7 great indoor photography projects

7 great photography projects to keep you occupied while at home

Self-isolating during this unusual time will be difficult for most of us, especially if you feel like your creativity is draining away. If you’re stuck indoors, you might find that you’re running low on ideas to keep you going through the day. Conversely, you might be working from home and bursting full of exciting new thoughts of things to do to keep you ticking away. Whether either of these relate to you, or whether you’re somewhere in between, this article may come in handy.

We’ve put together a list of practical photography tips and photography ideas for you to try out at home. It doesn’t matter if you’re an amateur photographer, a freelancer or someone who got a DSLR for Christmas and hasn’t had much time to use it yet.

1) Bokeh

Bokeh is one of the most popular photography techniques out there. If you’re just getting started with photography, then this is a really nice project to try out. 

The term ‘bokeh’ originates from Japan and literally means “blur”. You’ll probably be familiar with the out-of-focus bokeh effect, even if you didn’t know the actual name for it.  When done properly, bokeh should separate your subject from your background; with the background appearing out of focus or blurry.

Bokeh is rendered by the lens, not the camera. You’ll need a lens with wide aperture to get the best bokeh shot. Remember, the smaller the aperture number, the larger the aperture, so try out f/1.8 or f/2.8 for size.

If you’ve got some fairy lights at home, then these can give you a really nice background to practice bokeh with. Position your subject close to the camera to focus on, with your fairy lights hanging in the background. The end result should be really nice on the eye!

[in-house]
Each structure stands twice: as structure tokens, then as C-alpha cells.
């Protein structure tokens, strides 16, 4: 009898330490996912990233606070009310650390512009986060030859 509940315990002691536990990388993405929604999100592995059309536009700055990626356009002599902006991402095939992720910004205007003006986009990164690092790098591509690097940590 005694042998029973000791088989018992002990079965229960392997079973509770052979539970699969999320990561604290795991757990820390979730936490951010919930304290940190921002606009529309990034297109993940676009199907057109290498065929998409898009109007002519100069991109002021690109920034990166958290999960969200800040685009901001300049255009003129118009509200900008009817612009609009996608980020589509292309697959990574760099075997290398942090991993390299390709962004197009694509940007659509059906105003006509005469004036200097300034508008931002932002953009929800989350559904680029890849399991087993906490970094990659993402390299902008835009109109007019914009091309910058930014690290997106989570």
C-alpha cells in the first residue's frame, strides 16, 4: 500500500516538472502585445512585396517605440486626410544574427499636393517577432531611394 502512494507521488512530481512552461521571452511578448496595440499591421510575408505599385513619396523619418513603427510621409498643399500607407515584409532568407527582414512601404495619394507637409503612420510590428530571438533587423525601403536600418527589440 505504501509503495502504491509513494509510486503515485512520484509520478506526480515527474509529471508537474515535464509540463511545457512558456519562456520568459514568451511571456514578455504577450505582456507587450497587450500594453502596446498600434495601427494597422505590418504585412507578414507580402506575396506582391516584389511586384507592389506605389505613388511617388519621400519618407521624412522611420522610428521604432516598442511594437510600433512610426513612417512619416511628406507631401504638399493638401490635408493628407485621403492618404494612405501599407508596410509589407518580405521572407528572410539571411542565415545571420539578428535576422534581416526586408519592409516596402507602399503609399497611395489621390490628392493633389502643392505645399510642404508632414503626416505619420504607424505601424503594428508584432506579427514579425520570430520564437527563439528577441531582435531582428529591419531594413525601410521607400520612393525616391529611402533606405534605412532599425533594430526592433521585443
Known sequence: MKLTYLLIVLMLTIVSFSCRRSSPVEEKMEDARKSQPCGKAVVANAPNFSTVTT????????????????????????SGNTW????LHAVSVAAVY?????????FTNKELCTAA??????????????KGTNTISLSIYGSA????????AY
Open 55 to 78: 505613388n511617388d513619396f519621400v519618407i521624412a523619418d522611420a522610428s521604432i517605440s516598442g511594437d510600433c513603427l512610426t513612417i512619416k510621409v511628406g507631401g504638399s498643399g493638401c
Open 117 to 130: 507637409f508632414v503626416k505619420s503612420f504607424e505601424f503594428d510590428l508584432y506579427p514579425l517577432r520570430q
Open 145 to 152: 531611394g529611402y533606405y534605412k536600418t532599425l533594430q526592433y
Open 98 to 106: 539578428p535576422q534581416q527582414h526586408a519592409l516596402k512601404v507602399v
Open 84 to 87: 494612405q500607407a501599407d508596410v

Bokeh with fairy lights

Akshar Dave, Unsplash.

2) Water droplets

For those of us who are finding life at home more boring than some, you can find inspiration in the simplest of things. Even if its water dripping from the tap.

You can capture water droplets falling and get some really impressive shots. It can be a bit of work to get the image just right, but the end result is worth it!

Try holding up a tub of water with a small hole in the bottom to allow the water to drip through. You’ll need to use both your flash and shutter speed to help capture the moment. Set your speedlight or flashlight low and your shutter speed to around half a second.

The hardest thing is to time the shutter as the droplet lands. If you want to help make this less difficult, you can mix your water with xanthan gum or use milk as an alternative. The thicker the liquid, the easier it should be to capture the droplets. If you really want to get creative, then you can try mixing your water with food colouring.